Back in the day people used their console, ears, mics, room etc to achieve the sound with minimal outboard. The whole outboard mic pre thing began in the 80's allegedly with the advent of thin-sounding MCI 500 & 600 series consoles - producers & engineers started to bring along their fave outboard pres. Then it turned into a craze in the '00s with everyone being obsessed with different 'colours' and mixtured of outboard pres. In the old days there was just one 'colour' - the desk in the studio.
Chocolate Soldier
 
Posts: 5802
Joined: Mon Nov 29, 2004 7:24 pm
Location: Spaceship Earth

Re: HOW TO PRODUCE OLD SKOOL TUNES? (vintage style)

Postby Chocolate Soldier » Mon Jul 26, 2010 9:37 pm

MightyZion wrote:
dougie conscious wrote:jammys had a studiomaster desk,very cheap


So, what do you think he didn't use any outboard to enrich the sound, mastering? straight into tape, mix down and finished.

P



I am certain with the Jammy's studio digital stuff - they recorded to tape (non-professional deck) , mixed it & took the tune off to be cut as a dubplate or 45.

Simple, direct, no messing about, no 3rd party mastering, no running the mix through some bit of outboard equipment.


Maybe some eq tweaking or peak limiting was done while cutting to vinyl at times - but more than likely a straight 1:1 transfer at high levels.
Last edited by Chocolate Soldier on Mon Jul 26, 2010 9:41 pm, edited 3 times in total.
Chocolate Soldier
 
Posts: 5802
Joined: Mon Nov 29, 2004 7:24 pm
Location: Spaceship Earth

Re: HOW TO PRODUCE OLD SKOOL TUNES? (vintage style)

Postby dougie conscious » Mon Jul 26, 2010 9:38 pm

cheap boards cheap keyboards ghetto music,
my second desk was a studiomaster,cost me £500 second hand i think chazbo still has it somewhere,
point is reggae has allways sounded cheap but to me that was part of the appeal raw music produced on a shoestring budget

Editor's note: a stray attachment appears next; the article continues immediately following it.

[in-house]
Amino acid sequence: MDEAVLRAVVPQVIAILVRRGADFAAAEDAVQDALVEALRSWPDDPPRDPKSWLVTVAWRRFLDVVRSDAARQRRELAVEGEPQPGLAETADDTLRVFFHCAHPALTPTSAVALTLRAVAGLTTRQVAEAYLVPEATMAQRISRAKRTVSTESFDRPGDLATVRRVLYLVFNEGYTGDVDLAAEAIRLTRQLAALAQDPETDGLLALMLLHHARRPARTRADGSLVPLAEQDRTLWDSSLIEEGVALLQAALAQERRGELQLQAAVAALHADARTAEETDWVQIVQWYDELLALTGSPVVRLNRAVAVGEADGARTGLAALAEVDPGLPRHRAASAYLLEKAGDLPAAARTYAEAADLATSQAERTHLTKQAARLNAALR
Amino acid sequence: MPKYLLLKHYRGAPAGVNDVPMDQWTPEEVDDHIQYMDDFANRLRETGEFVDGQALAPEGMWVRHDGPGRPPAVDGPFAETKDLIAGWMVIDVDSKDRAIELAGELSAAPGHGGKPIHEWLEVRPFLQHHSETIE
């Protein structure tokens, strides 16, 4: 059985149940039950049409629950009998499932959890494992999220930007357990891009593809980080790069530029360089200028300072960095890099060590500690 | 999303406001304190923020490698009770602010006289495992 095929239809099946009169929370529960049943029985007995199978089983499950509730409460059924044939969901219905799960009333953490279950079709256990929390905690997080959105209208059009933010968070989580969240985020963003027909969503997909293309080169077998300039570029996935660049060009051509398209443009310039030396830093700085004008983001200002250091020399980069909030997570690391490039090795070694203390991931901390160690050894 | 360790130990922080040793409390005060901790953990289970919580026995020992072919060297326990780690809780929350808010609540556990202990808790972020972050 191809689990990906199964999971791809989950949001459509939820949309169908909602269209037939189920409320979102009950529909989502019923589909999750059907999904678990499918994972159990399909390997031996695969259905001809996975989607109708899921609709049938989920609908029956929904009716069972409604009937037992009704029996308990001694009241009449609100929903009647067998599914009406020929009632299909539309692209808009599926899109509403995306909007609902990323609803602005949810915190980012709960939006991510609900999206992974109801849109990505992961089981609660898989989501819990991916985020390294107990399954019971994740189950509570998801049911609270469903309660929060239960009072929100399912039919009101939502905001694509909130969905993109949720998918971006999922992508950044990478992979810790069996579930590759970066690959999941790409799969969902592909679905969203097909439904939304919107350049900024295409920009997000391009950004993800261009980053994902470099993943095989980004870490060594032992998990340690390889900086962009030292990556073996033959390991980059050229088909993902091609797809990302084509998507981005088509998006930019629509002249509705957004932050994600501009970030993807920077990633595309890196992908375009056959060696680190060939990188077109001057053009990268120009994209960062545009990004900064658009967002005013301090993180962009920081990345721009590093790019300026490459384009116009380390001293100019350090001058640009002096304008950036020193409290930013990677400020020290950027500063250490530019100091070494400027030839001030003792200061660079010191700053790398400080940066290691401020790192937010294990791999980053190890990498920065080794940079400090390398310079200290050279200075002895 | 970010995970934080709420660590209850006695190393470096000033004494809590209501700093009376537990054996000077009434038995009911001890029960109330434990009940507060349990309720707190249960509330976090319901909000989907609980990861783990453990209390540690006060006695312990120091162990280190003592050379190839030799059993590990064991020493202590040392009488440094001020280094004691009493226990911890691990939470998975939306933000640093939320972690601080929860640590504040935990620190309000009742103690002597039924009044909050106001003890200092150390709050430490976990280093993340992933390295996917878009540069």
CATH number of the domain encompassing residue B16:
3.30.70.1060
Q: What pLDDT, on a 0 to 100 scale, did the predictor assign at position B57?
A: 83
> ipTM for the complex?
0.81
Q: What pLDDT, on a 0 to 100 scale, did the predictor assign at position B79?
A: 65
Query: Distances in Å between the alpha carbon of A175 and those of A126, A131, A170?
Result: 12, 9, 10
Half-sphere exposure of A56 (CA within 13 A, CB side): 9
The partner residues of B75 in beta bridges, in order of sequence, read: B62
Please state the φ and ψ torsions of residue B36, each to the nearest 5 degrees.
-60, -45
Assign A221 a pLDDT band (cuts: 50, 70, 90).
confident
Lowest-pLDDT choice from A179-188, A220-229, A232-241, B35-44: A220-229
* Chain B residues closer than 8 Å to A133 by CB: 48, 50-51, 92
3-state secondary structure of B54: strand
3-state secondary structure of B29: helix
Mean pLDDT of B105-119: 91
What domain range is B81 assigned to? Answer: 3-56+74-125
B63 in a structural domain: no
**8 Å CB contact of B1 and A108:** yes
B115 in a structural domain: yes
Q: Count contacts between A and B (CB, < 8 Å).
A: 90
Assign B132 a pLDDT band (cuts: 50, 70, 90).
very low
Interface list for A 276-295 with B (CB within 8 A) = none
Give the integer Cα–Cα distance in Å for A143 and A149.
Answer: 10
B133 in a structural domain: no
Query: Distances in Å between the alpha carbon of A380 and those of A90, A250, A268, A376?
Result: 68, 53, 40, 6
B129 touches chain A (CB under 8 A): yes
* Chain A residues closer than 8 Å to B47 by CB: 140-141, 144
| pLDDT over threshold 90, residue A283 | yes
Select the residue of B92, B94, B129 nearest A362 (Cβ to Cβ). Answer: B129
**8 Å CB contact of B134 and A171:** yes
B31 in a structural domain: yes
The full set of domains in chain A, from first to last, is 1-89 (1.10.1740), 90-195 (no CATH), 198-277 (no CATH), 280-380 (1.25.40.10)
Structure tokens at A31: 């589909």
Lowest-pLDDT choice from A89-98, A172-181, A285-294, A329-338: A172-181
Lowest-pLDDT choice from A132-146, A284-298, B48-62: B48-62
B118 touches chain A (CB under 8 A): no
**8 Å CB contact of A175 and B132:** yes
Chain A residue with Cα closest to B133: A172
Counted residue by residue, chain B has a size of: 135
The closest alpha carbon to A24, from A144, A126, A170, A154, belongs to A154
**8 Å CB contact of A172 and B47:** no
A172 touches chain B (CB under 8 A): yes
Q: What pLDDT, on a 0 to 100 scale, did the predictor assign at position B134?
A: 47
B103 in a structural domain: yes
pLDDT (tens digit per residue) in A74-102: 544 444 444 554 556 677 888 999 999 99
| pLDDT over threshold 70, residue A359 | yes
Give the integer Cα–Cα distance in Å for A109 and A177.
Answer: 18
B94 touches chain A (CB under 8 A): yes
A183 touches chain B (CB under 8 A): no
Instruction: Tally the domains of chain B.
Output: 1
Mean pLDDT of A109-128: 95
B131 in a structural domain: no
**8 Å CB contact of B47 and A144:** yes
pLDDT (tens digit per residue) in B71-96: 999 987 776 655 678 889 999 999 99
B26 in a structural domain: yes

but with great vibes,
dougie conscious
 
Posts: 2535
Joined: Mon Nov 29, 2004 8:05 pm

Re: HOW TO PRODUCE OLD SKOOL TUNES? (vintage style)

Postby Chocolate Soldier » Mon Jul 26, 2010 9:40 pm

dougie conscious wrote:cheap boards cheap keyboards ghetto music,
my second desk was a studiomaster,cost me £500 second hand i think chazbo still has it somewhere,
point is reggae has allways sounded cheap but to me that was part of the appeal raw music produced on a shoestring budget
but with great vibes,



Right on Dougie - vibes win everytime.
Chocolate Soldier
 
Posts: 5802
Joined: Mon Nov 29, 2004 7:24 pm
Location: Spaceship Earth

Re: HOW TO PRODUCE OLD SKOOL TUNES? (vintage style)

Postby dougie conscious » Mon Jul 26, 2010 9:43 pm

http://www.youtube.com/watch?v=TNFsdHr_ImQ

rumour has it while in the uk jammy swapped the rights to the dub lp ina lion dub style for a mixer,
dougie conscious
 
Posts: 2535
Joined: Mon Nov 29, 2004 8:05 pm

Re: HOW TO PRODUCE OLD SKOOL TUNES? (vintage style)

Postby Chocolate Soldier » Mon Jul 26, 2010 10:52 pm

Wow - fascinating documentary, I hadn't seen it yet,
Just watched all 10 parts.
Thnx for the link!
Very very interesting...
Chocolate Soldier
 
Posts: 5802
Joined: Mon Nov 29, 2004 7:24 pm
Location: Spaceship Earth

Re: HOW TO PRODUCE OLD SKOOL TUNES? (vintage style)

Postby MightyZion » Tue Jul 27, 2010 8:08 am

dougie conscious wrote:cheap boards cheap keyboards ghetto music,
my second desk was a studiomaster,cost me £500 second hand i think chazbo still has it somewhere,
point is reggae has allways sounded cheap but to me that was part of the appeal raw music produced on a shoestring budget
but with great vibes,


I see it wasn't that cheap, it has to be a bit of money at the time :)